twn eqnwn (oV) gen. "[the cities] of the nations [collapsed]" - [and the cities] of the nations [fell]. The genitive is adjectival, probably possessive, "the cities belonging to other nations", but Cassirer opts for a more attributive idiomatic approach, "the cities inhabited by the nations of the world collapsed in ruin."
enwpion + gen. "-" - [and babylon the great was remembered] before [god]. Local, expressing space, metaphorical. "God had in mind the great Babylon", Berkeley = "God remembered Babylon."
dunai (didwmi) aor. inf. "and gave" - to give. The infinitive is adverbial, probably consecutive; "God remembered Babylon, and as a result made her drink the cup of his raging anger."
auth/ dat. pro. "her" - to her. Dative of indirect object.
tou oinou (oV) gen. "[the cup] filled with the wine" - [the cup] of wine. The NIV takes the genitive as adjectival, attributive, idiomatic / content, limiting "cup".
tou qumou (oV) gen "of the fury" - of the anger [of the wrath]. Osborne suggests that the genitive is adjectival, epexegetic, specifying "the wine"; "God gave her the cup of wine, namely, his furious wrath." He takes the genitive thV orghV, "the wrath" = "furious", as adjectival, attributive, limiting tou qumou, "the anger" = "wrath".
autou gen. pro. "[of] his [wrath]" - of him. The genitive is usually taken as verbal, subjective; "the wrath expressed by him", but it can be viewed as adjectival, possessive, expressing a derivative characteristic possessed by God.
"Every island vanished and not a mountain was to be seen", REB.
ouc euJreqhsan (euJriskw) aor. pas. "[the mountains] could not be found" - [and every island fled and mountains] were not found. In Aramaic idiom the sense is "were no more", Zerwick. On the day of judgment "islands and nations" will be brought low (cf., Zeph.2:11), and "high places" (the scene for pagan rites) leveled.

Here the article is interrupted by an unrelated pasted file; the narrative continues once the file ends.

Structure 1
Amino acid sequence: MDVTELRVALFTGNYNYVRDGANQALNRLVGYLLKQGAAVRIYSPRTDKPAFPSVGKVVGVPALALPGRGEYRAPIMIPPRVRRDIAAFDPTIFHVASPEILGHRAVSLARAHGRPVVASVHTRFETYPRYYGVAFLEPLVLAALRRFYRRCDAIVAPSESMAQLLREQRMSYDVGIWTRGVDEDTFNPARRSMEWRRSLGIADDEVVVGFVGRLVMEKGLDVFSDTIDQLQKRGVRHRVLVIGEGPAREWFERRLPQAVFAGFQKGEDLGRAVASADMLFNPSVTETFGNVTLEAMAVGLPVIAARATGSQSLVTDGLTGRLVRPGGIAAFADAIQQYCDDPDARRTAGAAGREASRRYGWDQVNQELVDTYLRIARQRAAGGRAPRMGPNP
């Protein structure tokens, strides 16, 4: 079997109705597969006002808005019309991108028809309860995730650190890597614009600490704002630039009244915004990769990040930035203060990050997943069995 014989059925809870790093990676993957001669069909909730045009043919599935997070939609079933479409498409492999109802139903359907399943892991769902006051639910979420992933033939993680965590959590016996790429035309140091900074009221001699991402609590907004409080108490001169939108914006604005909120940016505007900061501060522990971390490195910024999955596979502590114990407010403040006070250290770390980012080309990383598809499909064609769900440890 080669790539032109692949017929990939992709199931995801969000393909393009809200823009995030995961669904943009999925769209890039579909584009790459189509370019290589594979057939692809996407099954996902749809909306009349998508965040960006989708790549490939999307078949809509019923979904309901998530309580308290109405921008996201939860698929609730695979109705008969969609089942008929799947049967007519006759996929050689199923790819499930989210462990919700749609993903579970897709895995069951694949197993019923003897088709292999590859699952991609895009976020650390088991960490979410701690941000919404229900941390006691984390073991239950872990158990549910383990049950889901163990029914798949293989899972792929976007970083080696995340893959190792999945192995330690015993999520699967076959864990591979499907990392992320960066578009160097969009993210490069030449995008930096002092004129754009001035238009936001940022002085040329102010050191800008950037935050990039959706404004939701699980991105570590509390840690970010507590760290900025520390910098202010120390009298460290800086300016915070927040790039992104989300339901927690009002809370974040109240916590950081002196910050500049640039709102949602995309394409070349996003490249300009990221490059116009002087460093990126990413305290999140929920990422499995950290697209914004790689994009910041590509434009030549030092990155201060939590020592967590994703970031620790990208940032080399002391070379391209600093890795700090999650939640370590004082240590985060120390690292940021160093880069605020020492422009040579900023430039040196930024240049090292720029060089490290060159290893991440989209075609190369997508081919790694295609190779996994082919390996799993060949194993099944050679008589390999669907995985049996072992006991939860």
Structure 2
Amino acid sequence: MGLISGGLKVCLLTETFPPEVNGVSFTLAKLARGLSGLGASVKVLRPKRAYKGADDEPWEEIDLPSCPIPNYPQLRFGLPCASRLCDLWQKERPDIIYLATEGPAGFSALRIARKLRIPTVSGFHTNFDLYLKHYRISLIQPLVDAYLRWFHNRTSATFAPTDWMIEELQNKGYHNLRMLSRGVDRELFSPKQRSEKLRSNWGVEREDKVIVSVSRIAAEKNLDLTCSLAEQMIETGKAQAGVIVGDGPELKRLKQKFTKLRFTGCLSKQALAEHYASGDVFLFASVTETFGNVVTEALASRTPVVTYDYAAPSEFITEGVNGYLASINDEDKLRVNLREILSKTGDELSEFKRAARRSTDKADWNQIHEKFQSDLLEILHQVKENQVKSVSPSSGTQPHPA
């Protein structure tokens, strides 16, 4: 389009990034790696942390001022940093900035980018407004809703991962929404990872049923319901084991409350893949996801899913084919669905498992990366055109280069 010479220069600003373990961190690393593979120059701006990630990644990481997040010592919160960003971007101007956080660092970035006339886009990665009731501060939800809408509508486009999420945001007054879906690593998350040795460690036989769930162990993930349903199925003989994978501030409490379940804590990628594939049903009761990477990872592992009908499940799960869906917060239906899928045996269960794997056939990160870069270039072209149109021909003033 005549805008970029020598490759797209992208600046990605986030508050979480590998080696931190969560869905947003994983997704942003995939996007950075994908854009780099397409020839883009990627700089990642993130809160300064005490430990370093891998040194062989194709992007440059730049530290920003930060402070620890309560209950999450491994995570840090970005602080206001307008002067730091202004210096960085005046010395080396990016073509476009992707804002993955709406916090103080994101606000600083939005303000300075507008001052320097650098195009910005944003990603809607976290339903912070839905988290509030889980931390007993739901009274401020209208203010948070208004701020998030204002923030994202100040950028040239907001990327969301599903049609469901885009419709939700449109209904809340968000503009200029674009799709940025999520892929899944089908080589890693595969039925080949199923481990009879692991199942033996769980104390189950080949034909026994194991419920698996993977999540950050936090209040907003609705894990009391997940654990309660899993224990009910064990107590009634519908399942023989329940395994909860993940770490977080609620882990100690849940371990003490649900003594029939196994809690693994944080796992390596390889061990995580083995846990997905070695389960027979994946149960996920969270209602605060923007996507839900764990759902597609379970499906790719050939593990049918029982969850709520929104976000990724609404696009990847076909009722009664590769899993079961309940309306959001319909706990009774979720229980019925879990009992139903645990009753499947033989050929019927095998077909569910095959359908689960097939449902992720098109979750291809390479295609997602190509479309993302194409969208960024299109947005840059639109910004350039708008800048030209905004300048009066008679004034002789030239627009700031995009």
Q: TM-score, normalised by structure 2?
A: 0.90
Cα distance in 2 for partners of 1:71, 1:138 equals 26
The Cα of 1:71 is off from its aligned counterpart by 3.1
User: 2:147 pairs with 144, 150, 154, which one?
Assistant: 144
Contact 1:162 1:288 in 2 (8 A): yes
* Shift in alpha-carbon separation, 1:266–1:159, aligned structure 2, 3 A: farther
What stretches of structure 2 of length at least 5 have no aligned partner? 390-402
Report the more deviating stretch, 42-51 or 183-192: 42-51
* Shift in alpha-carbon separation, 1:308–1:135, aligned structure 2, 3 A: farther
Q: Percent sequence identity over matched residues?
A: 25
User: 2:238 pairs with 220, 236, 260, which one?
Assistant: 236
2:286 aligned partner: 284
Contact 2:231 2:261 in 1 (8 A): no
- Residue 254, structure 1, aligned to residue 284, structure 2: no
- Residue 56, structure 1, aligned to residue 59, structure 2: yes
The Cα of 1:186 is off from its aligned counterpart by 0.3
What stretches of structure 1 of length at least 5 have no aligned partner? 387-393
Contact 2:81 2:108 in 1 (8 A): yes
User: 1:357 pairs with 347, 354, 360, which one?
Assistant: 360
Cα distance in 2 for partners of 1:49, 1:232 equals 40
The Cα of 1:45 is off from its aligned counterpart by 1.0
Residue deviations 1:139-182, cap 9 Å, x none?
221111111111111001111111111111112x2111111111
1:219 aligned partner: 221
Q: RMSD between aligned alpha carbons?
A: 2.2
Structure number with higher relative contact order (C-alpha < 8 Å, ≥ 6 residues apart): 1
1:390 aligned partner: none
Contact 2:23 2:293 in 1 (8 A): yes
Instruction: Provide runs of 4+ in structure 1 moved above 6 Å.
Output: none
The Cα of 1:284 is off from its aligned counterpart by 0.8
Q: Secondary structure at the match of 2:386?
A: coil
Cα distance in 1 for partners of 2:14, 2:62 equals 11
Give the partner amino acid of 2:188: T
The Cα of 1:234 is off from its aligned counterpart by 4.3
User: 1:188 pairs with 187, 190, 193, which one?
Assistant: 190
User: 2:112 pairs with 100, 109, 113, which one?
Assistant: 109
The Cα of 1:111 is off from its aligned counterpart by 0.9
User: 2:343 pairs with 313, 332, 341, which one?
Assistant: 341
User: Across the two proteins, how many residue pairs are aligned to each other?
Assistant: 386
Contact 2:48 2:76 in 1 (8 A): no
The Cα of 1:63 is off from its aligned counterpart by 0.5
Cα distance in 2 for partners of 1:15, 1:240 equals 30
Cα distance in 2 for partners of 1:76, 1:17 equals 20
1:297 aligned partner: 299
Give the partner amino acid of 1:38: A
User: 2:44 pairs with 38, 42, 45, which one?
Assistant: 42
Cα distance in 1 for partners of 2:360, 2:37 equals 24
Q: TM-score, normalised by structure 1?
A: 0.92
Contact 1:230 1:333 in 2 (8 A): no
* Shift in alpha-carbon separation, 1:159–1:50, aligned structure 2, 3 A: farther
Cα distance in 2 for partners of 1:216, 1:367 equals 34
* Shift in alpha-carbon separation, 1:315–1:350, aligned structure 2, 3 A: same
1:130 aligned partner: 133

iv] Judgment on the associates of the beast, v21: At the sounding of the seventh trumpet, following a theophany of thunder and lightning, there was hail. So, along with the pouring out of the seventh bowl, we again have hail, but this time megalh .... sfodra, "extremely severe." "Just as the Egyptian Pharaoh refused to repent in the face of God's cosmic onslaught of hail unlike anything the Egyptians had ever before witnessed (Ex.9:13-26), so those who have accommodated themselves to the lordship of the beast from the sea refuse to repent. Indeed, they curse God instead", Blount.
ek + gen. "from [the sky]" - from [heaven]. Source / origin.
wJV "[each weighing about a hundred pounds]" - [and a great hailstone = hail (singular; as a collective noun)], as [weighing a talent, comes down from heaven]. The comparative particle may be used hear to express approximation, "hail = hailstones of about a hundredweight", or possibly serving for the Hebrew predicate accusative, expressing a characteristic quality of the hail, namely its weight, "hail weighing a hundredweight ("of enormous weight", Zerwick) fell down from heaven upon the people."
epi + gen. "[fell] on [people]" - on, upon [men]. Local, expressing space.
ek + gen. "on account of" - [and the men cursed god] from [the plague]. Here expressing cause, "because of the plague", as NIV.
thV plhghV (h) gen. "of hail" - The genitive is adjectival, possibly attributive, limiting "plague", "hail plague", or better epexegetic, "because of the plague, namely the hail."
oJti "because [the plague was so terrible]" - that [the plague of it is very much great]. Introducing a causal clause explaining why the people cursed God, as NIV. "They cursed God for the hail, the epic disaster of hail", Peterson.
authV gen. pro. "-" - of it. The adjectival genitive is best viewed as verbal, subjective, "the plague caused by the hail", although usually not translated.